benefits for employees interested in seeking the care of a professional
Before Returning to Your Workplace
Prior to the Reservist’s return to work, managers should consider
actually giving the returning employee a printout of the following suggestions:
Touch base with your
supervisor. Don’t wait until your first day of work. Make an
appointment to chat prior to your return. Find out what developments have taken
place and how the company has evolved during your absence.
Go slowly. Don’t
rush the adjustment period. Understand that your return will involve a bit of a
learning curve to understand what has transpired in your absence. Embrace the
process, communicate concerns and needs, and ask for clarification when
Resist the urge to assume
control. You may have been in a supervisory role prior to
your tour of duty. In your absence, others will have taken over that role. You
may have had a leadership role during your tour. Please don’t bring that “military”
authority back to the job. Upon your return, go easy on coworkers who might
misinterpret your good intentions to jump actively back into your job. Instead,
understand and appreciate the decisions made in your absence, and make a
concerted effort to work collaboratively until you are fully back into your
normal office routine.
Seek counsel via your
commanding officer. It won’t be surprising to find
that he or she is quite likely to be guiding others from your unit through a
similar transition. They may also serve as a bridge between your war
experiences and your employer’s situation during your absence. Additionally,
you might want to explore transitional assistance programs offered by the
Voice your concerns and
feelings. Talking about your experiences, especially with
other Reservists, will reaffirm that you are not alone and that your
feelings/challenges are normal. Turn to family, friends, and/or faith as sounding
boards. Seek out a Reservist support group. If the previous resources are
unavailable, enlist the help of your company’s employee assistance program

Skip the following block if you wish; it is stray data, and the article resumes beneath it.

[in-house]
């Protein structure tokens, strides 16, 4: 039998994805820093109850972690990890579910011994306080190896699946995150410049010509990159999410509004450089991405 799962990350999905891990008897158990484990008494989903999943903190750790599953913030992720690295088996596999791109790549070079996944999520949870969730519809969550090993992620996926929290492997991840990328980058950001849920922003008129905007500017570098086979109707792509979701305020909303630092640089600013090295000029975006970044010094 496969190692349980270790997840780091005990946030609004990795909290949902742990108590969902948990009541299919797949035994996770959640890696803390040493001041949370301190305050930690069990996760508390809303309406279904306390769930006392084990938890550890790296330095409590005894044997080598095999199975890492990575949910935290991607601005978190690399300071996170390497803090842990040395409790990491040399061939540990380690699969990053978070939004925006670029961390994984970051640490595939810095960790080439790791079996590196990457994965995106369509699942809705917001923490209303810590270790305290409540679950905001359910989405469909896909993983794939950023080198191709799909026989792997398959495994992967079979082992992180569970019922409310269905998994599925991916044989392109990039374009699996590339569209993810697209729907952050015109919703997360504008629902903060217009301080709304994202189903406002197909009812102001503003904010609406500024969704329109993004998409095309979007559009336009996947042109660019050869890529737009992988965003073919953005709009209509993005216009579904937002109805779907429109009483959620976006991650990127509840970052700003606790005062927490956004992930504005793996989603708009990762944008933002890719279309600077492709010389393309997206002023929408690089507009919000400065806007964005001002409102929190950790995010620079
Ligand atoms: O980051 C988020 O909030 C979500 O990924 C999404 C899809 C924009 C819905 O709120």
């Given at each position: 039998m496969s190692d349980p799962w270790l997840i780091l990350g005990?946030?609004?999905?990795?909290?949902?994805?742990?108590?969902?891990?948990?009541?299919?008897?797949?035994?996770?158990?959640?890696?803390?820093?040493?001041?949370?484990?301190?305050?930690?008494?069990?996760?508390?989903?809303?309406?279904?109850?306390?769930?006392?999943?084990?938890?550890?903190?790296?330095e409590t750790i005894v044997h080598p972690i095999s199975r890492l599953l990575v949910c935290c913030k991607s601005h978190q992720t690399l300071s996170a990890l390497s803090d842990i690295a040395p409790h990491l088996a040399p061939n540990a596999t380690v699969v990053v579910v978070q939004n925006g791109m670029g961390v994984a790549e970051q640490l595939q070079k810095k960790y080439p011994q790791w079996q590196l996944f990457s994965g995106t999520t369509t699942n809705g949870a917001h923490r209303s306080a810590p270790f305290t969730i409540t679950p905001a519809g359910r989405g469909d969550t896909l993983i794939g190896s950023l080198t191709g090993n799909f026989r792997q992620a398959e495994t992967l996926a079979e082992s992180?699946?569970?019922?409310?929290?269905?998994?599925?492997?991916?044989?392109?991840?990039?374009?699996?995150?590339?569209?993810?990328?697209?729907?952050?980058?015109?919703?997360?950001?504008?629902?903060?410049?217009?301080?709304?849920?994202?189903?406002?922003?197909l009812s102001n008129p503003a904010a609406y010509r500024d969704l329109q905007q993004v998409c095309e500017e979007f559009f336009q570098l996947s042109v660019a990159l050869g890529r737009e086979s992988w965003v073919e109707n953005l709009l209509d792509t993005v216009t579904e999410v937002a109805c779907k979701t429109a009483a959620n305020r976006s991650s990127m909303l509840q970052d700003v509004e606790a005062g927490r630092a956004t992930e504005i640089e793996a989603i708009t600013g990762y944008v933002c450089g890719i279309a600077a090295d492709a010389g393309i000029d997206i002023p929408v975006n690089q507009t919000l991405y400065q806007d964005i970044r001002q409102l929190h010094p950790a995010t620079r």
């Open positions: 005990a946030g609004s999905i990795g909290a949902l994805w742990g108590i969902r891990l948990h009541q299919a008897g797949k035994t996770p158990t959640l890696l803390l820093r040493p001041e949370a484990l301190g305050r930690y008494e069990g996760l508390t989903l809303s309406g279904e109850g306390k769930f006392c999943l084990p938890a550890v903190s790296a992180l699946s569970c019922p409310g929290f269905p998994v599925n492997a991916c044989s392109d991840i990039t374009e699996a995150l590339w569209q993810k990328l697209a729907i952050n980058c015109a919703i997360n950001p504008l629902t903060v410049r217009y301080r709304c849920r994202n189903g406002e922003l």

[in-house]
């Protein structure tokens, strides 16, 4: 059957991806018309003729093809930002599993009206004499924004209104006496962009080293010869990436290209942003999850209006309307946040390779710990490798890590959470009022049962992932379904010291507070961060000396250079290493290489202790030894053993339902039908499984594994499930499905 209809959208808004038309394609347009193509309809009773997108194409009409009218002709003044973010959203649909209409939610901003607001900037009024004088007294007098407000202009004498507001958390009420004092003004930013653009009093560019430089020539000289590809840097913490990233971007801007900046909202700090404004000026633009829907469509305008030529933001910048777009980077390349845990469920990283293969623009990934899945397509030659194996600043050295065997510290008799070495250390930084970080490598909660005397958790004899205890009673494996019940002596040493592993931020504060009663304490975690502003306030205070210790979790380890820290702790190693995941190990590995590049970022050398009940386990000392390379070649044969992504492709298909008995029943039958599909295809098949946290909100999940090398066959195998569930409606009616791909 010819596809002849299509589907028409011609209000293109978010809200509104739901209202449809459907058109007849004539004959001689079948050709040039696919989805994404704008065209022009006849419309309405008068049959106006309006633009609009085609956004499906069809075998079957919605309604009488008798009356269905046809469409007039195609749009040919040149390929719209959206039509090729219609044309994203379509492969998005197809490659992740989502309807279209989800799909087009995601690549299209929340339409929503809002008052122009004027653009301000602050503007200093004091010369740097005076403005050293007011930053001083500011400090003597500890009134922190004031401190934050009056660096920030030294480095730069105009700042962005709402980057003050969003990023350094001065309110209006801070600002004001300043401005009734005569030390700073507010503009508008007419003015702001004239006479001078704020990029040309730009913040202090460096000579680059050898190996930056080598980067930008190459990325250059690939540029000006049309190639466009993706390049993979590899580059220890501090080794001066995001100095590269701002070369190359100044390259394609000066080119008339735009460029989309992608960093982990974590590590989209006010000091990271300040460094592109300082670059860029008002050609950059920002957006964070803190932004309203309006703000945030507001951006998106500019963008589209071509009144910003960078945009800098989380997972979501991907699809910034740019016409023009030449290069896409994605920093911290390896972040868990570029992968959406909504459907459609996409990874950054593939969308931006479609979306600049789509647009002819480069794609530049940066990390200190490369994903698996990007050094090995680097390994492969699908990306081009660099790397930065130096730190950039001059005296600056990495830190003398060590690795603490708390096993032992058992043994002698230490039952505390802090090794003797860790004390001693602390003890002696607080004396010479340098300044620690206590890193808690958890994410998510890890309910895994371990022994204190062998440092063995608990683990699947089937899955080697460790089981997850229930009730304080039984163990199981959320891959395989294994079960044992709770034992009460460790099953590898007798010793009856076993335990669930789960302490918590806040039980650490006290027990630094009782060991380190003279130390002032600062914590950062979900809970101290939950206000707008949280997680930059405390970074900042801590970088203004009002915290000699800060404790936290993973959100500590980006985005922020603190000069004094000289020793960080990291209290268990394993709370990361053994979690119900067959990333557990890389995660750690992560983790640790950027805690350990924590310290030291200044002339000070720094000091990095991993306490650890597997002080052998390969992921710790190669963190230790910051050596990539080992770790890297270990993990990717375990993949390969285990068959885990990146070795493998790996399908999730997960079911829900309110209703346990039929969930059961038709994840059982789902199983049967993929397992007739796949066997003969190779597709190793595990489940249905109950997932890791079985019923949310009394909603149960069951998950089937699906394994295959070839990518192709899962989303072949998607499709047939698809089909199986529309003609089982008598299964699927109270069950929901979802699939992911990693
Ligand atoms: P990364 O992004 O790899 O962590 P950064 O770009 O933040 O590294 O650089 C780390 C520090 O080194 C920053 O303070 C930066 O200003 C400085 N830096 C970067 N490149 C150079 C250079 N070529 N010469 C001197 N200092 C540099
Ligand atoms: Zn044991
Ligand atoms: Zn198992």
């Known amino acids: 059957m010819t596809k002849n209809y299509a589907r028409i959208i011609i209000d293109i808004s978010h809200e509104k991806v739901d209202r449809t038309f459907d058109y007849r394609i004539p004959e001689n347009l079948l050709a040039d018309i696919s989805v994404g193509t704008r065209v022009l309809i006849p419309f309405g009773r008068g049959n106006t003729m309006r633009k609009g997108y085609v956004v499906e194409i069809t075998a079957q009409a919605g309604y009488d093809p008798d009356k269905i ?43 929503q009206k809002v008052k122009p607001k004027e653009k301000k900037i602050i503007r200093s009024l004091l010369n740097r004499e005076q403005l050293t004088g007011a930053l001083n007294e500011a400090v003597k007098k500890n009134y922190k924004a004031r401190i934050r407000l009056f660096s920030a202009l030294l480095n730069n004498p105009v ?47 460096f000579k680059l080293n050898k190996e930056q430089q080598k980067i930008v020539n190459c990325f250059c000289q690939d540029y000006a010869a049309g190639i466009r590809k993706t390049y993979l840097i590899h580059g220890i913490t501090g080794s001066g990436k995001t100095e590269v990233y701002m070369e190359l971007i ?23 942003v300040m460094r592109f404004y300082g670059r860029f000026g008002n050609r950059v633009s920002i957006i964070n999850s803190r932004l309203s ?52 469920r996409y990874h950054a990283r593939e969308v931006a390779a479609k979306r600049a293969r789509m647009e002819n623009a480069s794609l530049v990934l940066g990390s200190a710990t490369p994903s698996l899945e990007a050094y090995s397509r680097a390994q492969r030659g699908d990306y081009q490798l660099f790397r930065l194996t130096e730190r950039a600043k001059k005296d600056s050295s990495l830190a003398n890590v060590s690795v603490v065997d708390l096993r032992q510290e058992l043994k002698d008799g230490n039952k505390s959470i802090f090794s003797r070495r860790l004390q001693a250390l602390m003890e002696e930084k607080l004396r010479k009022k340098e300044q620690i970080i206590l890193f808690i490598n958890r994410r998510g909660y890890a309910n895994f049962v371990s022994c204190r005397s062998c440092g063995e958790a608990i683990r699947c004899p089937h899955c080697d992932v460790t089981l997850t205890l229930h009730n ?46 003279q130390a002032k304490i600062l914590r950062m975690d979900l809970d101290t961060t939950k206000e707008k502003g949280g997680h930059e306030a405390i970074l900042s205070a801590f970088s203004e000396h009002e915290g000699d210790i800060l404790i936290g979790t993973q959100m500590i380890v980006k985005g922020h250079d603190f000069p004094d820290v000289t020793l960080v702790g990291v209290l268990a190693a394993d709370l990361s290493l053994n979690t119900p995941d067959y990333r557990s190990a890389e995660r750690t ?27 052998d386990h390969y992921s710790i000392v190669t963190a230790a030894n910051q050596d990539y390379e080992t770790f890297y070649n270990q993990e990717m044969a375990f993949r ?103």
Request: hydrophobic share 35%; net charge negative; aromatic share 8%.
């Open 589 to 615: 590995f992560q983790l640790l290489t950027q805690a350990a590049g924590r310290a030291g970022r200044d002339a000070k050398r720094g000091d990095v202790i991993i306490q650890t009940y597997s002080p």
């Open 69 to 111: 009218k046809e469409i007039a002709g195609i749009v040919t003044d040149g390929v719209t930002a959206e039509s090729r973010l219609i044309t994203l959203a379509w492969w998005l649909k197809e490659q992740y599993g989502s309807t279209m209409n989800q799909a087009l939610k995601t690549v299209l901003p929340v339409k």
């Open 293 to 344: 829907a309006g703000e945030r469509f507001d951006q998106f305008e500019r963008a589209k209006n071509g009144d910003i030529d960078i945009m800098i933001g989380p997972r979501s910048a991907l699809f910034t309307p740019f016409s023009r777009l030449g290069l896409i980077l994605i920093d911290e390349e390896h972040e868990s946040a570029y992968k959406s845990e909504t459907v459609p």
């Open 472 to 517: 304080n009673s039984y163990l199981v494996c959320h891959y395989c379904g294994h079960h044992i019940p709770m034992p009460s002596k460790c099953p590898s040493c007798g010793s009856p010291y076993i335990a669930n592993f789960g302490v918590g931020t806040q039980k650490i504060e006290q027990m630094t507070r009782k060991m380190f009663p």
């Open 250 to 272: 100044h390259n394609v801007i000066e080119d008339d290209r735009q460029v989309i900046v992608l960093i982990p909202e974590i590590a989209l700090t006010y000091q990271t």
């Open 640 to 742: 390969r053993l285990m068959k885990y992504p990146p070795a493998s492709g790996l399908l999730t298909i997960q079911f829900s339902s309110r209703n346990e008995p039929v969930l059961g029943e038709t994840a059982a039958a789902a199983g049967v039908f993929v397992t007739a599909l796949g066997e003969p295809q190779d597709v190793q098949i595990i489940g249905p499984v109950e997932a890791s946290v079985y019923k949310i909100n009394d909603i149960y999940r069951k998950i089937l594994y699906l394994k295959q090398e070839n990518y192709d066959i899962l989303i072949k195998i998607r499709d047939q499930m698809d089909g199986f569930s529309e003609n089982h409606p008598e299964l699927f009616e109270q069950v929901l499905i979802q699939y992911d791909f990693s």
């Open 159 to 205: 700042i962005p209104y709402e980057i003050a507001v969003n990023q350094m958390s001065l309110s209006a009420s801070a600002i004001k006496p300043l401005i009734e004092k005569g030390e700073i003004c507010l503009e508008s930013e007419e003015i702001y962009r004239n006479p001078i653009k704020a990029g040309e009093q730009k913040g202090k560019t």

(EAP), if they have one.
Heed your health. War time
stress and readjustment to work and home life can take a toll on your physical
and mental health. Eat and rest well. Exercise regularly and find safe outlets
for managing stress. Avoid drugs and alcohol.
Understand your rights. Through
a recent public service announcement, Labor Secretary Elaine Chao reminded
employers of their obligation to abide by the 1994 federal Uniformed Services
Employment and Re-Employment Rights Act (USERRA). It states that it is illegal
to discriminate against military personnel, regardless of the length of their
tour or their rank, including those in any branch of the reserve or guard
forces, and that their same job, or a comparable one, with equivalent pay
raises and promotions, must be made available to them upon their return to
work. In the event that you can no longer perform the job, your employer must
make reasonable efforts to assist you in updating your skills.
Finding Additional Support
Remind the employee that asking for help is not a sign of
weakness. Quite the contrary. Nearly every military installation offers a
Family Service Center, Family Support Center, or Army Community Service Center.
These facilities provide information, referral, counseling, and crisis
intervention services. These services are offered to all military families,
including those of National Guard and Reserve members who are activated for
more than 30 days, are eligible for medical and mental health care either at a
Military Medical Treatment Facility or at a civilian facility through the
Civilian Health and Medical Program of the Uniformed Services (CHAMPUS).
As Secretary Chao stated in her public address, “They did
their job—now let’s do ours.”
Source: This article was written by Karen Usher of
TPO, Inc., a leading provider of
human resources outsourcing services based in Falls Church, VA. You can contact
her or learn more about the company by calling 703-533-1533 or visiting www.tpo-inc.com.